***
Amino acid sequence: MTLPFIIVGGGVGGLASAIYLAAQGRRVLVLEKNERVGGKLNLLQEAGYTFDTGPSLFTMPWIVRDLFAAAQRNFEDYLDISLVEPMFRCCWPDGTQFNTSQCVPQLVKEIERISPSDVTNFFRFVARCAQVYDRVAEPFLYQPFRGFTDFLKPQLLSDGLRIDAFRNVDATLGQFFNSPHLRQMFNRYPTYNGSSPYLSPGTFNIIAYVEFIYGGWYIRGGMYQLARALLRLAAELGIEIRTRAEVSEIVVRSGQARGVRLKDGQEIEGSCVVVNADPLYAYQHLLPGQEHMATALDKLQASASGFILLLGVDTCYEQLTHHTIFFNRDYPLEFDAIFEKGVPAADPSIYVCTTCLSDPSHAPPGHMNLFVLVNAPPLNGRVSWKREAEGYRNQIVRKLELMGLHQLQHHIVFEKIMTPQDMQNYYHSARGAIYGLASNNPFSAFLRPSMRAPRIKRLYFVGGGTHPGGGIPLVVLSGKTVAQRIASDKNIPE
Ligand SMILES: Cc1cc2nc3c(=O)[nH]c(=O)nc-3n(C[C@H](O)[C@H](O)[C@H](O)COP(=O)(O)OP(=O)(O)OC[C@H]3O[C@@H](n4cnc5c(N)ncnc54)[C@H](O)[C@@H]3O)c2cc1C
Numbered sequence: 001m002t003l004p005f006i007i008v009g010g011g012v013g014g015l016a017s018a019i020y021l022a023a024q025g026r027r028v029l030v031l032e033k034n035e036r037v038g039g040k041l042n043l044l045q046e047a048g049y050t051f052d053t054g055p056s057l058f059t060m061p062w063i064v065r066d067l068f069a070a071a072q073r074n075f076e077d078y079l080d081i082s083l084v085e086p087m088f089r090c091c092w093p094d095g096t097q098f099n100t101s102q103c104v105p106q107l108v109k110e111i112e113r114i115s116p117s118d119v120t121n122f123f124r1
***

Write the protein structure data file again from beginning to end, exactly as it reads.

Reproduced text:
Amino acid sequence: MTLPFIIVGGGVGGLASAIYLAAQGRRVLVLEKNERVGGKLNLLQEAGYTFDTGPSLFTMPWIVRDLFAAAQRNFEDYLDISLVEPMFRCCWPDGTQFNTSQCVPQLVKEIERISPSDVTNFFRFVARCAQVYDRVAEPFLYQPFRGFTDFLKPQLLSDGLRIDAFRNVDATLGQFFNSPHLRQMFNRYPTYNGSSPYLSPGTFNIIAYVEFIYGGWYIRGGMYQLARALLRLAAELGIEIRTRAEVSEIVVRSGQARGVRLKDGQEIEGSCVVVNADPLYAYQHLLPGQEHMATALDKLQASASGFILLLGVDTCYEQLTHHTIFFNRDYPLEFDAIFEKGVPAADPSIYVCTTCLSDPSHAPPGHMNLFVLVNAPPLNGRVSWKREAEGYRNQIVRKLELMGLHQLQHHIVFEKIMTPQDMQNYYHSARGAIYGLASNNPFSAFLRPSMRAPRIKRLYFVGGGTHPGGGIPLVVLSGKTVAQRIASDKNIPE
Ligand SMILES: Cc1cc2nc3c(=O)[nH]c(=O)nc-3n(C[C@H](O)[C@H](O)[C@H](O)COP(=O)(O)OP(=O)(O)OC[C@H]3O[C@@H](n4cnc5c(N)ncnc54)[C@H](O)[C@@H]3O)c2cc1C
Numbered sequence: 001m002t003l004p005f006i007i008v009g010g011g012v013g014g015l016a017s018a019i020y021l022a023a024q025g026r027r028v029l030v031l032e033k034n035e036r037v038g039g040k041l042n043l044l045q046e047a048g049y050t051f052d053t054g055p056s057l058f059t060m061p062w063i064v065r066d067l068f069a070a071a072q073r074n075f076e077d078y079l080d081i082s083l084v085e086p087m088f089r090c091c092w093p094d095g096t097q098f099n100t101s102q103c104v105p106q107l108v109k110e111i112e113r114i115s116p117s118d119v120t121n122f123f124r1